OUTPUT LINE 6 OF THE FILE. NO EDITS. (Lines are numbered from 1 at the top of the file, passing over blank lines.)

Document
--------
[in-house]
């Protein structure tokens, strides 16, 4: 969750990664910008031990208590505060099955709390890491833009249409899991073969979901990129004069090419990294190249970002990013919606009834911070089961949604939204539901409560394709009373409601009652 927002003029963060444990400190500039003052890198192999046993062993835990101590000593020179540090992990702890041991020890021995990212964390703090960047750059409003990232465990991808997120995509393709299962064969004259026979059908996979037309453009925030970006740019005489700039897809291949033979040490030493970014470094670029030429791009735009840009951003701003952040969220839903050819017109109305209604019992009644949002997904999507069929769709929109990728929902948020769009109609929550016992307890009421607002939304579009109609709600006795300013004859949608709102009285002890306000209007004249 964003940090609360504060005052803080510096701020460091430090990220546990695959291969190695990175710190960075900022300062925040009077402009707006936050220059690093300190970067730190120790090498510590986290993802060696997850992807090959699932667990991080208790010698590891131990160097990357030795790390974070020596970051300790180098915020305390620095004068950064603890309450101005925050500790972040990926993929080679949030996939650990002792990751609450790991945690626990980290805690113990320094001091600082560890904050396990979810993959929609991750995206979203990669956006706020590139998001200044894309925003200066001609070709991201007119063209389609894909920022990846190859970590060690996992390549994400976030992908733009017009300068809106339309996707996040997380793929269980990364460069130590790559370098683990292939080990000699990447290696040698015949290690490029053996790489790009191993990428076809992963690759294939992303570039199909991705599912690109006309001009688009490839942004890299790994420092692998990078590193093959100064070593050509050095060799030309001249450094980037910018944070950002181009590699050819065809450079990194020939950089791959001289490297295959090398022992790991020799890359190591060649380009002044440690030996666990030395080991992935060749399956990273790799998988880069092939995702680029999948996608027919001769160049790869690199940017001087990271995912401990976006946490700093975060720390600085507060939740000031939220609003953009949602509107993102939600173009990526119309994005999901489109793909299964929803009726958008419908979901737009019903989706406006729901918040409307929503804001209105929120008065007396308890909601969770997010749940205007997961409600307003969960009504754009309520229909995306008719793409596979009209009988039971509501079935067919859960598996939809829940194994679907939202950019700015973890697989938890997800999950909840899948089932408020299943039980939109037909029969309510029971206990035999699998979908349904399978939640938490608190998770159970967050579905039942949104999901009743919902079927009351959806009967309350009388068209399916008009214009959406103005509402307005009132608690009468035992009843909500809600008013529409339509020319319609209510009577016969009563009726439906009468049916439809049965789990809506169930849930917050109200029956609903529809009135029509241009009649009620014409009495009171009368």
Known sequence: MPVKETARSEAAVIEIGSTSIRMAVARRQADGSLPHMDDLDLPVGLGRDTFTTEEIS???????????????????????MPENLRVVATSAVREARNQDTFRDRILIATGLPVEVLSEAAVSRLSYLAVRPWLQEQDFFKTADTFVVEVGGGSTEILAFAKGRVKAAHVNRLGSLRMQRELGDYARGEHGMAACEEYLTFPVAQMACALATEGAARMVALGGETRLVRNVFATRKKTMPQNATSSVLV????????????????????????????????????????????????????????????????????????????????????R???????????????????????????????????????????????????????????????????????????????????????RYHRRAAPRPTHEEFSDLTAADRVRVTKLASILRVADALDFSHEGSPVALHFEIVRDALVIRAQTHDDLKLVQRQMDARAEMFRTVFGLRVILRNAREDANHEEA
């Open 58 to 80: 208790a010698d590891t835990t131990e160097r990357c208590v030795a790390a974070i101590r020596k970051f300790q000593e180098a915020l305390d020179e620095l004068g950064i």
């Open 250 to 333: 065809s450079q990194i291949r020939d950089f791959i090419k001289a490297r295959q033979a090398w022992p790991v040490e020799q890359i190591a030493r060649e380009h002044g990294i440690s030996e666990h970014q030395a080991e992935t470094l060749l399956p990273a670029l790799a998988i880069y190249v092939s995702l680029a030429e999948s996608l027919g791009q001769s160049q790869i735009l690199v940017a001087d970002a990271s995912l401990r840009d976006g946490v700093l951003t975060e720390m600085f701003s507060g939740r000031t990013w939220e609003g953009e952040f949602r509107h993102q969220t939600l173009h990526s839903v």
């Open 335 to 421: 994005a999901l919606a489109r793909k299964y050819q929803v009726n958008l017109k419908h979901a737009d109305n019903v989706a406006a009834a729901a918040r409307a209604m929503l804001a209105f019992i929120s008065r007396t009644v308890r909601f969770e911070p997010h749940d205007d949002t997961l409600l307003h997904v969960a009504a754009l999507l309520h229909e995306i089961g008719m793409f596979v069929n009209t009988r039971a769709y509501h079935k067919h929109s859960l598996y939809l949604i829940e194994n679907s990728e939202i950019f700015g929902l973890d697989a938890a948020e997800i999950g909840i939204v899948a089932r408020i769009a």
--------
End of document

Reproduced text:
């Open 335 to 421: 994005a999901l919606a489109r793909k299964y050819q929803v009726n958008l017109k419908h979901a737009d109305n019903v989706a406006a009834a729901a918040r409307a209604m929503l804001a209105f019992i929120s008065r007396t009644v308890r909601f969770e911070p997010h749940d205007d949002t997961l409600l307003h997904v969960a009504a754009l999507l309520h229909e995306i089961g008719m793409f596979v069929n009209t009988r039971a769709y509501h079935k067919h929109s859960l598996y939809l949604i829940e194994n679907s990728e939202i950019f700015g929902l973890d697989a938890a948020e997800i999950g909840i939204v899948a089932r408020i769009a």